Sunday, March 31, 2013

Spring Thaw

That short period of time between winter's freeze and spring's awakening has got to be the least enjoyable time of year in southern Ohio. The forest trails become sloppy mud ruts that are not only impassable except for the hardiest 4x4s but are unsightly and filthy too. Hidden beneath an appearance of solid earth is an oozing slop that quickly overtakes a vehicle's tires. Should a trail rise under such conditions, the chance of successfully passing is greatly reduced, as was the case last night.

After watching the Ohio State men's basketball team fall in the NCAA tournament, the best way to put the sting of defeat out of my mind was to grab Kuma d.o.g. and head to the cabin. So late at night, a hastily assembled travel plan meant throwing on some pants and t-shirt, donning worn out,
hole-filled sneakers (absent socks) and a light sweatshirt. After all, it was late and we were just going out to enjoy a quiet night of sleep in the woods to put the game out of my head. In haste, I forgot a cell phone.

The Liberty Jeep was chosen because of its availability and past success. As I approached a decision point in the dark where alternate trails could be selected, the quickest, shortest one was picked to save time; unfortunately, it was not a good choice. As I begin ascending, traction was lost and the Jeep came to a stop with all 4 tires spinning. Even the lowest gear failed to help so I attempted to back down for another run. As luck would have it, the Jeep went sideways and over an edge in even wetter, deeper soup that resulted in being stranded about 300 yards from the cabin. No egress route from the warmth of the Jeep was without deep, pools of mud. As Kuma jumped out and sank mid-leg, I could only imagine how dirty she would be upon our arrival. We both were mud covered as I felt the intrusion of it's cold around my toes in the worn shoes.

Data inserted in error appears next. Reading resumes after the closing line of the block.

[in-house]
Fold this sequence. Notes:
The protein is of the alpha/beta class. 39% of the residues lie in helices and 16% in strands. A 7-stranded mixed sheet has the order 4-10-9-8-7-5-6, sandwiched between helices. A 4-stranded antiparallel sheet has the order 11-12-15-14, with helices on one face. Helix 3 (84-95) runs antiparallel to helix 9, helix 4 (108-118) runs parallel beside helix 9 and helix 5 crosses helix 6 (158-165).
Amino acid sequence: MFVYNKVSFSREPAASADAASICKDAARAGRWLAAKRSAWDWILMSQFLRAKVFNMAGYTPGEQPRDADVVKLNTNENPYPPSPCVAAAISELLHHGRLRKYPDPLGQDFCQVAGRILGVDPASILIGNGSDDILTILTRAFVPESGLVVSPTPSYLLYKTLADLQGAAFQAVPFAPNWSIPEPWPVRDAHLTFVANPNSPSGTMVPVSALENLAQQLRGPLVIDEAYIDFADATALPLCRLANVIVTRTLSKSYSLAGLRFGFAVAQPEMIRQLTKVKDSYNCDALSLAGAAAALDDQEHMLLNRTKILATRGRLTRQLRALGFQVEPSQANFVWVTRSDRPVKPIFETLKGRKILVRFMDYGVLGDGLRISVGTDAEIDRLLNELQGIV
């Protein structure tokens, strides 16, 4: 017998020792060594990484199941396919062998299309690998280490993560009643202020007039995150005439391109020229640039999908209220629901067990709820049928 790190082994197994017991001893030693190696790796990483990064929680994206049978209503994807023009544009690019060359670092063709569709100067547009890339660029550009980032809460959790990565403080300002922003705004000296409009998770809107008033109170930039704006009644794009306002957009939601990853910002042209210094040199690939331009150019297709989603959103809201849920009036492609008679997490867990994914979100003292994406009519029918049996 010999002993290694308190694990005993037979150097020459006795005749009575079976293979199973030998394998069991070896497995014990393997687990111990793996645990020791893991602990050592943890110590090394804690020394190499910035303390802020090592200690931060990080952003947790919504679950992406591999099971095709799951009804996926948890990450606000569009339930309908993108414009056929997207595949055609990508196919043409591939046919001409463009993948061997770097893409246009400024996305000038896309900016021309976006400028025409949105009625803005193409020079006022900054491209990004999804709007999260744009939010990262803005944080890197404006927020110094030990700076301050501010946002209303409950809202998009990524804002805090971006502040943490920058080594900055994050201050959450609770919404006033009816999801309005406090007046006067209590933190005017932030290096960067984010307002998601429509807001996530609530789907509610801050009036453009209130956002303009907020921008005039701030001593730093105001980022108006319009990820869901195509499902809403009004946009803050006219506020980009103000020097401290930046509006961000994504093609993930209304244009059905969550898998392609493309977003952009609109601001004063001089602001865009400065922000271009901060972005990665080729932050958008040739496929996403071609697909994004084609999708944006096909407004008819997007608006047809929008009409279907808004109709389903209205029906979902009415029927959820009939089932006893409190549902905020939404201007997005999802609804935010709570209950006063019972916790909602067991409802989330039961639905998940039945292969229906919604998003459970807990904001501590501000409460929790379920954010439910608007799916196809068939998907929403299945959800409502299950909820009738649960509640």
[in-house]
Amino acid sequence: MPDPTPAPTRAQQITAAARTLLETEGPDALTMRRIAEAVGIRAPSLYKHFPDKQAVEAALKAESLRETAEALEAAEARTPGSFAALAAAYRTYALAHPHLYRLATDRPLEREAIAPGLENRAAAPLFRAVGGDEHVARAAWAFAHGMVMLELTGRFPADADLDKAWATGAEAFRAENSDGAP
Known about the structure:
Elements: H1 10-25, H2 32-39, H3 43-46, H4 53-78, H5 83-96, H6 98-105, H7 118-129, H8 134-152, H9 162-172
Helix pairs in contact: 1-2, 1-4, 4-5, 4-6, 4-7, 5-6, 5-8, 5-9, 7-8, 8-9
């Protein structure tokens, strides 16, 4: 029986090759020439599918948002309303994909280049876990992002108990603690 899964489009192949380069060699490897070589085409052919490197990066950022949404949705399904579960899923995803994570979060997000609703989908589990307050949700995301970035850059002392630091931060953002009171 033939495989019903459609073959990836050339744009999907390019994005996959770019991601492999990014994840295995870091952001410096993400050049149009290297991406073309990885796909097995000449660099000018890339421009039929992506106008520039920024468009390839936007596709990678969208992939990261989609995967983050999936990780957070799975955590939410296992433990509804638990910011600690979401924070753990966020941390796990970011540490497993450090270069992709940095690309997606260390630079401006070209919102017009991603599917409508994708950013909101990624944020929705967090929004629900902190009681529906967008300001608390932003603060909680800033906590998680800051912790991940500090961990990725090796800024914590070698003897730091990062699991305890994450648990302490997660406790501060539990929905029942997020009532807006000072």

As we finished our walk, I couldn't help but think of how significant the error of not carrying a phone was. With Easter Sunday just hours away, the chance of summoning a ride in the morning without a phone was lost. Our absence wouldn't be recognized until evening when Laura would be serving up Easter dinner for our family. Only then would she call and realize my phone was still at the house.

Now, after midnight, there was no time to worry about such minor inconveniences; stripping wet, muddy clothes off on the porch and finding wet towels to clean off a mud caked dog was a higher priority.

Fortunately, our little issue of being stranded did not prevent getting a good night's sleep; the cabin's magic still delivers even in the worst of times. A light rain on the roof was a gentle reminder that the Jeep's status wouldn't be any better in daylight.

Awakening to a pot of fresh ground coffee took my mind off our plight as Easter's morning in the woods was alive and filled with the sound of birds singing. Perhaps they too were filled with the joy of His resurrection.

A trip to the barn provides yet another opportunity for my brown companion to enjoy a run through the mud. Thankfully, a cold diesel tractor started and a tow chain was available to wrap around the Jeep's axle. The escape plan hatched over a pot of coffee was coming together. If it wasn't for having to get on the wet, sinking ground to reach a tow point, it would have been flawless. I'm getting proficient at this routine even when working alone. The 4x4 tractor had no trouble pulling the Jeep onto solid ground where it could finally make it on it's own.

Laura was quick to notice the mud on Kuma and my clothes as we finally returned home just before noon. After stripping in the laundry room and once again wiping down my dog, we were no worse for wear.

It will take the better part of a week to restore the Jeep to its pre-trip condition though due to the spring thaw.

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